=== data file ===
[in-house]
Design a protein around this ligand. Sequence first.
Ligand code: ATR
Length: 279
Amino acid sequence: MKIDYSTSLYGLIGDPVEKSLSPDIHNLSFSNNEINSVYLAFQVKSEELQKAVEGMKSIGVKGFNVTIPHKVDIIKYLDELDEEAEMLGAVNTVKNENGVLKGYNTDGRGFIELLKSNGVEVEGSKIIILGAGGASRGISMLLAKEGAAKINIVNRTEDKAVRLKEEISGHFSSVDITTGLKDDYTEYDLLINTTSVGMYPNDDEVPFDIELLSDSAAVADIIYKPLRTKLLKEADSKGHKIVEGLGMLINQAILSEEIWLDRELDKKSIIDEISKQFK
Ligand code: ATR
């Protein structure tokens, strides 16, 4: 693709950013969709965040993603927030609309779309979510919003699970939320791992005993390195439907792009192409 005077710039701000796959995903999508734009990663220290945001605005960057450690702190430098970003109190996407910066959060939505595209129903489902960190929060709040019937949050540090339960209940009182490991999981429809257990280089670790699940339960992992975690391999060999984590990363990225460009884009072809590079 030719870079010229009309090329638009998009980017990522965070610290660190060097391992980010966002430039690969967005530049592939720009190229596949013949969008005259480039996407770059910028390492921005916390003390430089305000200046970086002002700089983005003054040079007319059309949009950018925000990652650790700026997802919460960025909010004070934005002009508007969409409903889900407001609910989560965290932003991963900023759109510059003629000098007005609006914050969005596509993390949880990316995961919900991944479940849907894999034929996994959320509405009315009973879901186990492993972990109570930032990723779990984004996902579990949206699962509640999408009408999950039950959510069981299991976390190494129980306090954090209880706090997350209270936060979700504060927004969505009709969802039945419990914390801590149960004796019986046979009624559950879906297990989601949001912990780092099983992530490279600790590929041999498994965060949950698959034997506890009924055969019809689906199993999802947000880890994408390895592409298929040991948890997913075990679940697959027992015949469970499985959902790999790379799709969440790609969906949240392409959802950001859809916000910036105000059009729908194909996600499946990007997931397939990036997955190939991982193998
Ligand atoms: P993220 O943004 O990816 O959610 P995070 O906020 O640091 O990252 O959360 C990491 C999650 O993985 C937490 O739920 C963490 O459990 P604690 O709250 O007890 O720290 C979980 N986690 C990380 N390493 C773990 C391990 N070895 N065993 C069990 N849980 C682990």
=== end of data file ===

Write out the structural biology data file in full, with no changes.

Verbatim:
[in-house]
Design a protein around this ligand. Sequence first.
Ligand code: ATR
Length: 279
Amino acid sequence: MKIDYSTSLYGLIGDPVEKSLSPDIHNLSFSNNEINSVYLAFQVKSEELQKAVEGMKSIGVKGFNVTIPHKVDIIKYLDELDEEAEMLGAVNTVKNENGVLKGYNTDGRGFIELLKSNGVEVEGSKIIILGAGGASRGISMLLAKEGAAKINIVNRTEDKAVRLKEEISGHFSSVDITTGLKDDYTEYDLLINTTSVGMYPNDDEVPFDIELLSDSAAVADIIYKPLRTKLLKEADSKGHKIVEGLGMLINQAILSEEIWLDRELDKKSIIDEISKQFK
Ligand code: ATR
């Protein structure tokens, strides 16, 4: 693709950013969709965040993603927030609309779309979510919003699970939320791992005993390195439907792009192409 005077710039701000796959995903999508734009990663220290945001605005960057450690702190430098970003109190996407910066959060939505595209129903489902960190929060709040019937949050540090339960209940009182490991999981429809257990280089670790699940339960992992975690391999060999984590990363990225460009884009072809590079 030719870079010229009309090329638009998009980017990522965070610290660190060097391992980010966002430039690969967005530049592939720009190229596949013949969008005259480039996407770059910028390492921005916390003390430089305000200046970086002002700089983005003054040079007319059309949009950018925000990652650790700026997802919460960025909010004070934005002009508007969409409903889900407001609910989560965290932003991963900023759109510059003629000098007005609006914050969005596509993390949880990316995961919900991944479940849907894999034929996994959320509405009315009973879901186990492993972990109570930032990723779990984004996902579990949206699962509640999408009408999950039950959510069981299991976390190494129980306090954090209880706090997350209270936060979700504060927004969505009709969802039945419990914390801590149960004796019986046979009624559950879906297990989601949001912990780092099983992530490279600790590929041999498994965060949950698959034997506890009924055969019809689906199993999802947000880890994408390895592409298929040991948890997913075990679940697959027992015949469970499985959902790999790379799709969440790609969906949240392409959802950001859809916000910036105000059009729908194909996600499946990007997931397939990036997955190939991982193998
Ligand atoms: P993220 O943004 O990816 O959610 P995070 O906020 O640091 O990252 O959360 C990491 C999650 O993985 C937490 O739920 C963490 O459990 P604690 O709250 O007890 O720290 C979980 N986690 C990380 N390493 C773990 C391990 N070895 N065993 C069990 N849980 C682990």